INDUSTRIAL RELATIONS COURT OF MALAWI
NO. IRC 401 OF 2003
NATIONWIDE TRANSPORT (KALARIA
Zibelu Banda (Ms), Chairperson
Mpakani, Court clerk
Justification for dismissal- Reason-Lodging a complaint against
employer-Section 57 (3) (g) Employment Act-Procedure-Right
respondent employed the applicant in April 1998. He was dismissed
for lodging a complaint against the employer. The applicant
challenged the dismissal on the ground that he had not committed any
offence by asking the court to intervene in his misunderstanding
respondent did not attend court despite indications that the notice
of hearing was delivered to them. There was no excuse for
attend court. It was therefore not in the interests of justice to
postpone the case as adjourning the matter would have
prejudicial and unfair to the applicant. In such situations the
matter must proceed in the absence of the other party, see
of the Labour Relations Act providing that if a party fails to attend
or to be represented at the proceedings of the
Court without good cause, the Industrial Relations Court may proceed
in the absence of that party or representative.
The applicable law in this
matter is the Employment Act and the Constitution, which in section
31 provides that every person has
the right to fair labour practices.
Fair labour practices entail the right to know the reason for
dismissal and the right to have
an opportunity to explain ones side
and defend oneself, see section 57 (1) and (2) of the Employment Act.
The burden of showing the
reason for dismissal and that it was a valid reason is on the
respondent, see section 61 (1) of the Employment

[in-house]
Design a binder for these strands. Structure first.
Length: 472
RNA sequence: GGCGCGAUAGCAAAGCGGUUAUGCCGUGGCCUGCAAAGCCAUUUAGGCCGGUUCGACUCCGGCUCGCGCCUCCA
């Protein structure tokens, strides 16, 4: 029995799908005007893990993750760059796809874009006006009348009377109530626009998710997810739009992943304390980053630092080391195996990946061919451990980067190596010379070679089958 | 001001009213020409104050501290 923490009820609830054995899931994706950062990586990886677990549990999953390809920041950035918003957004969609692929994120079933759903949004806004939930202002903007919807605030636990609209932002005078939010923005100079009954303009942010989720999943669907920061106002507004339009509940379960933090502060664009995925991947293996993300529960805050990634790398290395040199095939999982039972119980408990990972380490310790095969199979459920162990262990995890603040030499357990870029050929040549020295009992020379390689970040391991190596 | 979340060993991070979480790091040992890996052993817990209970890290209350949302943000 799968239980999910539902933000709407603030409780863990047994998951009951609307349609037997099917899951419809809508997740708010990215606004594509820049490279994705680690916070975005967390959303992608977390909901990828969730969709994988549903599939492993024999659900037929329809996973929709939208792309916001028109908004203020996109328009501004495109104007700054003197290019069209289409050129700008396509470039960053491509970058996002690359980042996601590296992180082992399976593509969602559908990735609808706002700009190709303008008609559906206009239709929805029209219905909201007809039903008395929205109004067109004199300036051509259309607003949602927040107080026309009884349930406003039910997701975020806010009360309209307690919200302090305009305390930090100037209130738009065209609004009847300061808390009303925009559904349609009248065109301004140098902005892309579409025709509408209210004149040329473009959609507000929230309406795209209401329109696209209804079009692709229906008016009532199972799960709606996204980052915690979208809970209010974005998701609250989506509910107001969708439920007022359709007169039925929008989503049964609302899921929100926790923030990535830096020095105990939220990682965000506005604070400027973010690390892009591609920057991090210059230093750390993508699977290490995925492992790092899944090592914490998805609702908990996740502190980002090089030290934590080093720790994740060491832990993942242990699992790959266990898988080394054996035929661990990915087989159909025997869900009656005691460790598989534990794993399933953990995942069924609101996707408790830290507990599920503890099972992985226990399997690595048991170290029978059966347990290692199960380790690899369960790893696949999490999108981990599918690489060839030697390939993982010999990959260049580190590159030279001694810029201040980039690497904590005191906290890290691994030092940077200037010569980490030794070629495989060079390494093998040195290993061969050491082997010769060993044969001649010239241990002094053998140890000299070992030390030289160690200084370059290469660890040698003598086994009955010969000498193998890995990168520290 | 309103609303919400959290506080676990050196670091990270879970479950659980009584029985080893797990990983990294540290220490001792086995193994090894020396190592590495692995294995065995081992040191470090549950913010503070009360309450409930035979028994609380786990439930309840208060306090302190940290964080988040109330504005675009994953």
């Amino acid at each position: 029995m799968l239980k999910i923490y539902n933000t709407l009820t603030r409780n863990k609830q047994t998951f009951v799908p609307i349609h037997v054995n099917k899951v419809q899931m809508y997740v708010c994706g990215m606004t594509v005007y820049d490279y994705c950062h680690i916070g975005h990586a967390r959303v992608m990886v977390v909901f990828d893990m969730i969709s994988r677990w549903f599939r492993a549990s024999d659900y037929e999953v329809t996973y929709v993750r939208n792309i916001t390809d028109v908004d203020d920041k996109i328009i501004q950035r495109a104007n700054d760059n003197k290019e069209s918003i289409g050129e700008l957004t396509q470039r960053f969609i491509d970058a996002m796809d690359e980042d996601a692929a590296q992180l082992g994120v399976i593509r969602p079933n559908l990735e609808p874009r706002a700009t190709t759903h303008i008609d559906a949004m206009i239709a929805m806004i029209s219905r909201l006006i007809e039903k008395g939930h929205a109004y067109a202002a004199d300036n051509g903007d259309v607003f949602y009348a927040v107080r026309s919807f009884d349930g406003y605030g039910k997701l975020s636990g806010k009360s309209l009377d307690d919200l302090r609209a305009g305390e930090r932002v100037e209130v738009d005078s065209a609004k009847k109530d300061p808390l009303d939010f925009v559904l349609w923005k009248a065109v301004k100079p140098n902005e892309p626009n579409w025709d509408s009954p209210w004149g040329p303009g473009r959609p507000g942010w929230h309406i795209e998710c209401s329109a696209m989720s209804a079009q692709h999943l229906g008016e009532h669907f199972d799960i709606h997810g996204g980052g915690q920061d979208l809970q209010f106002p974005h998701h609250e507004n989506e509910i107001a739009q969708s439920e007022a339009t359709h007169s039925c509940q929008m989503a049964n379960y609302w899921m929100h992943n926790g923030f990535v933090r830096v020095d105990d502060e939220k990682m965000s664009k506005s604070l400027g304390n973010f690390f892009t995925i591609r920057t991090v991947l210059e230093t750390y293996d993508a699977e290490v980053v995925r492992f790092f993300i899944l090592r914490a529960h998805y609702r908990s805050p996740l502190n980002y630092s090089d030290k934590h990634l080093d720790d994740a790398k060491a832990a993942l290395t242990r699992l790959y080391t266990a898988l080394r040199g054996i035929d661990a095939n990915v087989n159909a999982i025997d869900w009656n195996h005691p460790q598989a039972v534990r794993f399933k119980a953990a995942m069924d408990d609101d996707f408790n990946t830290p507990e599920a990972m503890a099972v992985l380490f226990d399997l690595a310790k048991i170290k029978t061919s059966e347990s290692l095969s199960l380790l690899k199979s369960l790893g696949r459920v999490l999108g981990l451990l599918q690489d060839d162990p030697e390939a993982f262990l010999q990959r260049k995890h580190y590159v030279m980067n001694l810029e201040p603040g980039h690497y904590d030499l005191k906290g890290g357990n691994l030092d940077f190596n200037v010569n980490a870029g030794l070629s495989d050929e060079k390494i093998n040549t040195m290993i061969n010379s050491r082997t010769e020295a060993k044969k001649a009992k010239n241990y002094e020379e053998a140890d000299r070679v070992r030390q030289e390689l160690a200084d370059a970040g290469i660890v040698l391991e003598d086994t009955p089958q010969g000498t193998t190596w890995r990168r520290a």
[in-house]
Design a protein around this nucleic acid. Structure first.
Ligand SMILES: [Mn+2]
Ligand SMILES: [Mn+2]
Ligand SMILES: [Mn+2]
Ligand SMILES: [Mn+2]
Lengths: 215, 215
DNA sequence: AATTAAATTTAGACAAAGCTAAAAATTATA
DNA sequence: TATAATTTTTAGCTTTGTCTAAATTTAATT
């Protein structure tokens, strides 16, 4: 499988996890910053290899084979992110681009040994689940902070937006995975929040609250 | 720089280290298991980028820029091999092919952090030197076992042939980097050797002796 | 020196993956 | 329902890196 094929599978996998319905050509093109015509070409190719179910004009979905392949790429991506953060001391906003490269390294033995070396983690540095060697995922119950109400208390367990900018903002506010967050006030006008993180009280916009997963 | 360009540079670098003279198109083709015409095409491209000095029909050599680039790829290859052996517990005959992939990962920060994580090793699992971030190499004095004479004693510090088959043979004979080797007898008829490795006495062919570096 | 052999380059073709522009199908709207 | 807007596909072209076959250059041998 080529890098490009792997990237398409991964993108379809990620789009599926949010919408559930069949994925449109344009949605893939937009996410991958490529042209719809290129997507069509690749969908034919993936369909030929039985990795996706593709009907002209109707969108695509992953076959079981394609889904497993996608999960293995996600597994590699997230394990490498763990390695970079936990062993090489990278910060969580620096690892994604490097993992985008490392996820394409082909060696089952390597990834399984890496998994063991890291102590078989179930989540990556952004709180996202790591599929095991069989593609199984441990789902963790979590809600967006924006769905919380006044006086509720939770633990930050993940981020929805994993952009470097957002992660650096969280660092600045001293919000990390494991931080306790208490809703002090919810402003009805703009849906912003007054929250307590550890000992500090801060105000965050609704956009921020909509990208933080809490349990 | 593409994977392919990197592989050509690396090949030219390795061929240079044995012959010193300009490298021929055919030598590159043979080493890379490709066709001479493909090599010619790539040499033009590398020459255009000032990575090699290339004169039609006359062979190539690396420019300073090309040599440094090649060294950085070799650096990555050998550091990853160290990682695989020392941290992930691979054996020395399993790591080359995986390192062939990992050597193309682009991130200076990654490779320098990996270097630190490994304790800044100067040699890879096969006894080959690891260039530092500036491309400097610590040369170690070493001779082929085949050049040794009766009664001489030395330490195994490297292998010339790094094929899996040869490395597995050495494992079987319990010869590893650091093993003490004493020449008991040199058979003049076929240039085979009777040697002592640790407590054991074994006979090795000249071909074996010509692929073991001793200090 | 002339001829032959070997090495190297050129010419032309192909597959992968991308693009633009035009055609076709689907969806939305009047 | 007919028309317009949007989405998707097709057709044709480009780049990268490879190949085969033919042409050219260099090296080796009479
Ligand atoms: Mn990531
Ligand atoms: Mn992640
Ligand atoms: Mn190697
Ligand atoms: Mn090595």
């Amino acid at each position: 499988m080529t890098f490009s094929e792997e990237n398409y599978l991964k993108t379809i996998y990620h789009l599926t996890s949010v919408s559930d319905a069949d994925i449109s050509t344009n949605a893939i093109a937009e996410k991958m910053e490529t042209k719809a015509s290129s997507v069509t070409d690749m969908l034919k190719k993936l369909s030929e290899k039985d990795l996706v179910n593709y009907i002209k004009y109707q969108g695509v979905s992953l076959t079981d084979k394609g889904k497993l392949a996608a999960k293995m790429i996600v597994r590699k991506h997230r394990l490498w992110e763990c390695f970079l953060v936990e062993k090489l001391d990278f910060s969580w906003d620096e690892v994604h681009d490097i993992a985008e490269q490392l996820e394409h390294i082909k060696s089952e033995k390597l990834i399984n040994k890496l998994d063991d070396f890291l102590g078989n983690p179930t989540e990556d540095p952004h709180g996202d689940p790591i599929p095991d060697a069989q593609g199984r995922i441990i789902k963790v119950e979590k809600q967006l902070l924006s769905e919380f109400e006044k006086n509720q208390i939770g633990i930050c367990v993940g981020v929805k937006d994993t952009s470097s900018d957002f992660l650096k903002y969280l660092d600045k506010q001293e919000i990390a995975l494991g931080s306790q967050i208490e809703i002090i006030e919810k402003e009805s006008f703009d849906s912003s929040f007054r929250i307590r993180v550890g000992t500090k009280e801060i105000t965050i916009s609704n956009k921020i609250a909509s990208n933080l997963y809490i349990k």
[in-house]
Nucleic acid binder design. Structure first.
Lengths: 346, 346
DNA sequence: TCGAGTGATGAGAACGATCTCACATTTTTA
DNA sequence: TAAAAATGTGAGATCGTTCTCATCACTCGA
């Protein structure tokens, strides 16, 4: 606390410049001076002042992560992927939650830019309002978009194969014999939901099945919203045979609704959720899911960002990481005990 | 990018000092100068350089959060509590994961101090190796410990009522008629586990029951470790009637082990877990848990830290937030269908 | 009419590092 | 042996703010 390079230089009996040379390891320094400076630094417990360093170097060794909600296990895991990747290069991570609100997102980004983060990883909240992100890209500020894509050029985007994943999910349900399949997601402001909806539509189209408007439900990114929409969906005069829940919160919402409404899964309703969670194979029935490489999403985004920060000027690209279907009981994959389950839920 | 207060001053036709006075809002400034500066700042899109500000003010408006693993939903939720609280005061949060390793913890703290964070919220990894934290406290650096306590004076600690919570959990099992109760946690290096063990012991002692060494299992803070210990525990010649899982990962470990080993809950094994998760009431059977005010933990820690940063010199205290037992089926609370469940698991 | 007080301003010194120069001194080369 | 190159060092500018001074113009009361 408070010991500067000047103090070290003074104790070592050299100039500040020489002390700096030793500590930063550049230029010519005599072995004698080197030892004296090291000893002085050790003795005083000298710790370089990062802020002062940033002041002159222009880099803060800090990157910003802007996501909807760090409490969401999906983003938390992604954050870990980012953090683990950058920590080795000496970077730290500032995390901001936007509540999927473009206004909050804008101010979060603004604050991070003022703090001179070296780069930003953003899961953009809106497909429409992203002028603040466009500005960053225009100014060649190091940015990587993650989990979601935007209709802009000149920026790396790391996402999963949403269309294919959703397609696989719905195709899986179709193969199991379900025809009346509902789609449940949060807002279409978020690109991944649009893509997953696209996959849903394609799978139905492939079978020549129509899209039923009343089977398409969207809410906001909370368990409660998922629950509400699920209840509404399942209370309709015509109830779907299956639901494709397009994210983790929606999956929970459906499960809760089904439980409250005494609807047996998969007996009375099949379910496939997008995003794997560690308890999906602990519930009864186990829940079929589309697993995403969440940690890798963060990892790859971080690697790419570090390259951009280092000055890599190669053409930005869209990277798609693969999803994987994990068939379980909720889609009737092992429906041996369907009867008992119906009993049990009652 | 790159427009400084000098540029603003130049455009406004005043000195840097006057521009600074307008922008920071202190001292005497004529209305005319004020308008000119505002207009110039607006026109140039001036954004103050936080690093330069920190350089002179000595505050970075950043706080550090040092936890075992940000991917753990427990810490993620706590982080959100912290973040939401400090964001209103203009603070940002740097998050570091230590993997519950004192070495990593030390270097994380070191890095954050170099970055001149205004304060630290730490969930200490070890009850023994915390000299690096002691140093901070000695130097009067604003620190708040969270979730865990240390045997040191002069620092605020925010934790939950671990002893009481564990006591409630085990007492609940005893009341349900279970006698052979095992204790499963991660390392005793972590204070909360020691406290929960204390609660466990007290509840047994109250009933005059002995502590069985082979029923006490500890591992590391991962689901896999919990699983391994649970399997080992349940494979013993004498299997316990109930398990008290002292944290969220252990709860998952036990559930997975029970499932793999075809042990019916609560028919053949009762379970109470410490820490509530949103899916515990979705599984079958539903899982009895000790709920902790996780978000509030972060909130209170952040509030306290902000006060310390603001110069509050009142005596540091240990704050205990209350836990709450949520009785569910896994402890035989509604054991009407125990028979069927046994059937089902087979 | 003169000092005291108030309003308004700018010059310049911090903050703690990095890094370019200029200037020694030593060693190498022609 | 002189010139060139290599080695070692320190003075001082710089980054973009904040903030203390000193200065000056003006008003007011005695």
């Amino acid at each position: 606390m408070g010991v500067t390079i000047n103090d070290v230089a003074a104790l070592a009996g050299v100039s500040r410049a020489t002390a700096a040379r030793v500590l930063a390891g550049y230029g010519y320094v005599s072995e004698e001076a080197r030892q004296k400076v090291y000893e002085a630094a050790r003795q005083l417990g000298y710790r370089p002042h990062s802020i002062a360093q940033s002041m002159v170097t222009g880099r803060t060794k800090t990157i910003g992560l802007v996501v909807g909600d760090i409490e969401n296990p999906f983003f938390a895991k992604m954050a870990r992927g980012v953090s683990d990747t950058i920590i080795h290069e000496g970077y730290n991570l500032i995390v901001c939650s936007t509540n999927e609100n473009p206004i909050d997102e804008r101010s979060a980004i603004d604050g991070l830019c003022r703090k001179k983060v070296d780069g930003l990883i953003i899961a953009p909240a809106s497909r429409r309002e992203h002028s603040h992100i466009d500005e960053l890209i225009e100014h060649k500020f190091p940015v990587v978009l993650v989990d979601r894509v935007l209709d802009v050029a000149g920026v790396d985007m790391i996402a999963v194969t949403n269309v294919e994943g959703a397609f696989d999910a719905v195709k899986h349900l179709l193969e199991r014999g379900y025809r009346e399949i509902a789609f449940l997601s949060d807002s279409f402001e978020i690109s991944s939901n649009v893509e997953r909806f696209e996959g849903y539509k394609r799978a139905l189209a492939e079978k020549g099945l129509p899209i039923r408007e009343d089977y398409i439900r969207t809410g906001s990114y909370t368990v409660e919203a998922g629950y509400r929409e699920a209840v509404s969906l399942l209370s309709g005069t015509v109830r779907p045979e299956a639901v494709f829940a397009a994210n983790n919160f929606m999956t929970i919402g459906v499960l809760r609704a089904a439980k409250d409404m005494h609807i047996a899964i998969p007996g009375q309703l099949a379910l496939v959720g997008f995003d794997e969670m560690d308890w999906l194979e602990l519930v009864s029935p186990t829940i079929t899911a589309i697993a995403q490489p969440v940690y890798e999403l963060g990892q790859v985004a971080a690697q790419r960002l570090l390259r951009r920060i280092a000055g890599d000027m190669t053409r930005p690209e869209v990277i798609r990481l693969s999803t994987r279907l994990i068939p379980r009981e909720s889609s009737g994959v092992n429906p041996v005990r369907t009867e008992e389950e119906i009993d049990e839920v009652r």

Act, which provides
any claim or complaint arising out of the dismissal of an employee,
it shall be for the employer to provide the reason for
if the employer fails to do so, there shall be a conclusive
presumption that the dismissal was unfair.
Earl v. Slater and Wheeler (Airlyne) Ltd
 1 WLR 51 at 55, it was held that:
is for the employer to show what was the principal or only reason
for dismissal and that it was a potentially valid reason.
employer fails to discharge this burden, the tribunal must find that
the dismissal was unfair.
instant case the applicant told court that he had some
misunderstandings with the employer. After failing to resolve the
problems, the applicant lodged a complaint with the court. When the
employer received the court summons they proceeded to dismiss
The issue was whether the
lodging of a complaint against an employer is ground for dismissal.
The law on
the issue is section 57 (3) (g) of the Employment Act which provides
following reasons do not constitute valid reasons for dismissal or
for the imposition of disciplinary action-
filing of a complaint or the participation in proceedings
against an employer involving alleged violations of laws,
regulations or collective agreements.
finds that the respondent did not have a valid reason for dismissing
the applicant, also see Monjedza V Cas
Security Services [Matter Number IRC 166
of 2003 (unreported)]. Therefore the dismissal was unfair and the
court so finds.
The matter shall be set
down on a date to be fixed for assessment of appropriate compensation
under section 63 of the Employment
Act. The applicant must bring
evidence of financial loss, and he is encouraged to seek free legal
advice on the heads of compensation
and the standard of proof
required in such claims.
not satisfied with this decision is at liberty to appeal to the High
Court in accordance with section 65 (2) of the Labour
within 30 days of this date.
in open court this 3rd
day of June 2005 at Lilongwe.
Zibelu Banda (Ms.)